Housing supply

Default masking shortfall in Sydney housing supply

Sydney faces a chronic housing shortage, due in part to the way housing targets are set, the Property Council of Australia has warned.

The analysis showed that several districts in Greater Sydney were struggling to provide enough housing and were not meeting targets, said PCA NSW executive director Luke Achterstraat.

“Every year that the house targets are not met, it exacerbates this deficit and worsens the affordability crisis,” said Achterstraat.

The housing targets for each district do not take into account the shortfall from the previous year.

“Essentially, the current targets do not build the deficit into demand, which means there is an underlying deficit that may persist, even when the targets are met, Achterstraat said.

PCA calls for housing delivery above target demand to account for the shortfall.

“At a minimum, housing targets must be met to prevent the deficit from increasing,” Achterstraat said.

Development could even be curtailed in these areas if there was a review of flood zoning and the operational status of new sites, Achterstraat said.

The NSW Government has expanded the Fast Track Infrastructure Fund to help councils cover the costs of core infrastructure for potential residential sites and has also invested $500m in initiatives to speed up approvals , land assessments and rezoning.

“In order to keep pace with future demand, Western Sydney requires the delivery of 25,530 homes per year – and we are currently 6,000 homes short of that number,” said Achterstraat.

▲ The $450 million precinct of St Hilliers and First Point Property in Thornton, north of Penrith, is in one of the areas in western Sydney that is overshooting its targets.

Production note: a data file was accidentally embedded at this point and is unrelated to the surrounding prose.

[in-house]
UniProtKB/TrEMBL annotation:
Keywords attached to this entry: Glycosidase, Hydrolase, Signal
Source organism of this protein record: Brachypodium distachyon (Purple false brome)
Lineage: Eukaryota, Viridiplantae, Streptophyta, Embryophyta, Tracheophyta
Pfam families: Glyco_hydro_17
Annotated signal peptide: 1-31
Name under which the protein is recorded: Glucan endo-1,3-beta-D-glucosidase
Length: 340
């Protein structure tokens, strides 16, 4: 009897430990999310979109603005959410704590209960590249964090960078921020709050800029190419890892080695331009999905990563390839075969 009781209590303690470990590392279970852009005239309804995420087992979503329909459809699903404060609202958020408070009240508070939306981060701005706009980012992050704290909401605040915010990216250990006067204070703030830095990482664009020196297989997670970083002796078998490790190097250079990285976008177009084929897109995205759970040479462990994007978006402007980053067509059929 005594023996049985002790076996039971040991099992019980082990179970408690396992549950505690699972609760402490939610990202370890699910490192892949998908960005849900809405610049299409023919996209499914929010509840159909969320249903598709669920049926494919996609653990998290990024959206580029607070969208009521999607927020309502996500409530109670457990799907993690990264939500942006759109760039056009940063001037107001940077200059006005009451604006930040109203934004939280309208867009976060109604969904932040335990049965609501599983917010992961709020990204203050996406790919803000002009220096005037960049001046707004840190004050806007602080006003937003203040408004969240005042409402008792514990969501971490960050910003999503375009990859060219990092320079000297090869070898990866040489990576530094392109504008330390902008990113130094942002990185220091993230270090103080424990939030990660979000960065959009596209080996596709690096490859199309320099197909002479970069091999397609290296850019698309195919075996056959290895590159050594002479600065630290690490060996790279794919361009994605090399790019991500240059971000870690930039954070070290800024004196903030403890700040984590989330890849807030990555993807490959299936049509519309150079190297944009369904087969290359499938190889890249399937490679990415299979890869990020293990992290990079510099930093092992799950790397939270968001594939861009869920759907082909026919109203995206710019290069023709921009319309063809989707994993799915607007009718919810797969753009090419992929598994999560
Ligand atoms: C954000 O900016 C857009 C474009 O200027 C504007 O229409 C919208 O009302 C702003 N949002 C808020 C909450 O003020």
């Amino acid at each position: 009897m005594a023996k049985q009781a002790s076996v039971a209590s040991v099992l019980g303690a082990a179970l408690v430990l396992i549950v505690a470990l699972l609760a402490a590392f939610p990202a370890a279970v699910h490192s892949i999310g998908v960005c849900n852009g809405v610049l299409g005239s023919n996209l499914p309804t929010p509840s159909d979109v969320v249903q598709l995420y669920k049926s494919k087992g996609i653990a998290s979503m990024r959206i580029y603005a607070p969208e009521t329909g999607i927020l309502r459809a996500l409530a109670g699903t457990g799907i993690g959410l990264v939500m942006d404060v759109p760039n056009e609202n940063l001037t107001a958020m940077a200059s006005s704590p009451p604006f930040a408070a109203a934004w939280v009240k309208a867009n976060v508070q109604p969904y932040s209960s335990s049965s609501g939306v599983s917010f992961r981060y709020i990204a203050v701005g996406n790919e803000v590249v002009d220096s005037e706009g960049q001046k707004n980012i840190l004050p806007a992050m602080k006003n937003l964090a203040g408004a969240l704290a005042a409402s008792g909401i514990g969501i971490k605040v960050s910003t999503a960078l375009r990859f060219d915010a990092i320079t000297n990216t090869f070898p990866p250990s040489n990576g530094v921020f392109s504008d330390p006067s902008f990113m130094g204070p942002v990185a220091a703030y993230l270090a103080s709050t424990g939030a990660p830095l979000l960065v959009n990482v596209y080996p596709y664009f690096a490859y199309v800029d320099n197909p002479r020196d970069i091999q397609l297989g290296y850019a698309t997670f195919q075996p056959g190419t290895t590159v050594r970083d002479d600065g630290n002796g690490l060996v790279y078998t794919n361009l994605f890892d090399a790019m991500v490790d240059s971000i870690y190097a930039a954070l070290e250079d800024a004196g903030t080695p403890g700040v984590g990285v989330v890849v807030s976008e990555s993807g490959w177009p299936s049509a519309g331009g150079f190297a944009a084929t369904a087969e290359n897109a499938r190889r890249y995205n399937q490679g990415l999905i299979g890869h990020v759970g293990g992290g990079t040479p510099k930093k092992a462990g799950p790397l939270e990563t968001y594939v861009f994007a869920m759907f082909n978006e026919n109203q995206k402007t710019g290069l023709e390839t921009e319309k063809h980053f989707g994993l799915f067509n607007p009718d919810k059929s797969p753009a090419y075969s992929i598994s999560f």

The APC report also said that an increase in the use of virgin land would put constraints on housing supply, as less land would be available for development.

In the five years to 2022, there have only been two years in which Greater Sydney has exceeded its housing targets, delivering over 42,000 homes in fiscal years 2017-18 and 2018-19.

The target for each year was 36,250 homes.

Multi-unit dwellings accounted for over 70% of the units delivered in both years with 30,150 units in 2017-2018 and 29,815 units in 2018-2019.

Almost 80% of LGAs in Greater Sydney have also successfully met their targets during these years.

While greenfield opportunities in Sydney’s west are popular, the report also says focusing on districts outside Sydney’s west to provide housing would help alleviate the undersupply problem.

Achterstraat said developing new sites was not the only answer.

“As opportunities for green housing dwindle, we will need stronger partnerships between state and local government to promote careful planning and renewal of town centers across the region,” Achterstraat said.

“New housing in existing communities supported by new infrastructure and additional services has the potential to improve everyone’s quality of life.